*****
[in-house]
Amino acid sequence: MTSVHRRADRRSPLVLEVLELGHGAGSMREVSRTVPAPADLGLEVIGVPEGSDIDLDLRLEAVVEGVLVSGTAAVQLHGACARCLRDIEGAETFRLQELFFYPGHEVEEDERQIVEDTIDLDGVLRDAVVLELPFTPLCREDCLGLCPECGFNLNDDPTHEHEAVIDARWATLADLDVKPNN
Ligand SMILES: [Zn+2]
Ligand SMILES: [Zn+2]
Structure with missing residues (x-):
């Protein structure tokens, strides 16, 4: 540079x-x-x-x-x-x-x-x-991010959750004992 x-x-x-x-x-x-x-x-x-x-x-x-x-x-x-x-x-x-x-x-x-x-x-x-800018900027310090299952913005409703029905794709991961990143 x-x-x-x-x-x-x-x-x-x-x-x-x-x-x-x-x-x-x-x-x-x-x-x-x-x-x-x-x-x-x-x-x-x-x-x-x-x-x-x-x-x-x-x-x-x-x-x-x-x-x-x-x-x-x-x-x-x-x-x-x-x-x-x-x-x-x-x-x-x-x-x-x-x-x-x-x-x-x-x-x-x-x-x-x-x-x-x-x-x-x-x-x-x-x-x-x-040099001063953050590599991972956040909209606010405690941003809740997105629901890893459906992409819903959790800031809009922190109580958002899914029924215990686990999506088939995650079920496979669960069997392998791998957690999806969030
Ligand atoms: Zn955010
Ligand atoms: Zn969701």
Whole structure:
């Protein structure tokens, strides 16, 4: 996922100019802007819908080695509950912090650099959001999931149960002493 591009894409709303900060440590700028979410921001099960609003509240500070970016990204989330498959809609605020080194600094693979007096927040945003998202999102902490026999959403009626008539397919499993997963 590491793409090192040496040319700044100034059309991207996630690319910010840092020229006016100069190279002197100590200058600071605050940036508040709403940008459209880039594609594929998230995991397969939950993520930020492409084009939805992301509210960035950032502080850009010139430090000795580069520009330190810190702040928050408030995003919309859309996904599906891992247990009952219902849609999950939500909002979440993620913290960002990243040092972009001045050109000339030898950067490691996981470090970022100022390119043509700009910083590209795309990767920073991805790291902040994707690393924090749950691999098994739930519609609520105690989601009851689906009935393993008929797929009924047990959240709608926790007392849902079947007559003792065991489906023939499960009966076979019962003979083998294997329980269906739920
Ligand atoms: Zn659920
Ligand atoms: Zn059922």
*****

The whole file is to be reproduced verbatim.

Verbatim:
[in-house]
Amino acid sequence: MTSVHRRADRRSPLVLEVLELGHGAGSMREVSRTVPAPADLGLEVIGVPEGSDIDLDLRLEAVVEGVLVSGTAAVQLHGACARCLRDIEGAETFRLQELFFYPGHEVEEDERQIVEDTIDLDGVLRDAVVLELPFTPLCREDCLGLCPECGFNLNDDPTHEHEAVIDARWATLADLDVKPNN
Ligand SMILES: [Zn+2]
Ligand SMILES: [Zn+2]
Structure with missing residues (x-):
């Protein structure tokens, strides 16, 4: 540079x-x-x-x-x-x-x-x-991010959750004992 x-x-x-x-x-x-x-x-x-x-x-x-x-x-x-x-x-x-x-x-x-x-x-x-800018900027310090299952913005409703029905794709991961990143 x-x-x-x-x-x-x-x-x-x-x-x-x-x-x-x-x-x-x-x-x-x-x-x-x-x-x-x-x-x-x-x-x-x-x-x-x-x-x-x-x-x-x-x-x-x-x-x-x-x-x-x-x-x-x-x-x-x-x-x-x-x-x-x-x-x-x-x-x-x-x-x-x-x-x-x-x-x-x-x-x-x-x-x-x-x-x-x-x-x-x-x-x-x-x-x-x-040099001063953050590599991972956040909209606010405690941003809740997105629901890893459906992409819903959790800031809009922190109580958002899914029924215990686990999506088939995650079920496979669960069997392998791998957690999806969030
Ligand atoms: Zn955010
Ligand atoms: Zn969701």
Whole structure:
């Protein structure tokens, strides 16, 4: 996922100019802007819908080695509950912090650099959001999931149960002493 591009894409709303900060440590700028979410921001099960609003509240500070970016990204989330498959809609605020080194600094693979007096927040945003998202999102902490026999959403009626008539397919499993997963 590491793409090192040496040319700044100034059309991207996630690319910010840092020229006016100069190279002197100590200058600071605050940036508040709403940008459209880039594609594929998230995991397969939950993520930020492409084009939805992301509210960035950032502080850009010139430090000795580069520009330190810190702040928050408030995003919309859309996904599906891992247990009952219902849609999950939500909002979440993620913290960002990243040092972009001045050109000339030898950067490691996981470090970022100022390119043509700009910083590209795309990767920073991805790291902040994707690393924090749950691999098994739930519609609520105690989601009851689906009935393993008929797929009924047990959240709608926790007392849902079947007559003792065991489906023939499960009966076979019962003979083998294997329980269906739920
Ligand atoms: Zn659920
Ligand atoms: Zn059922």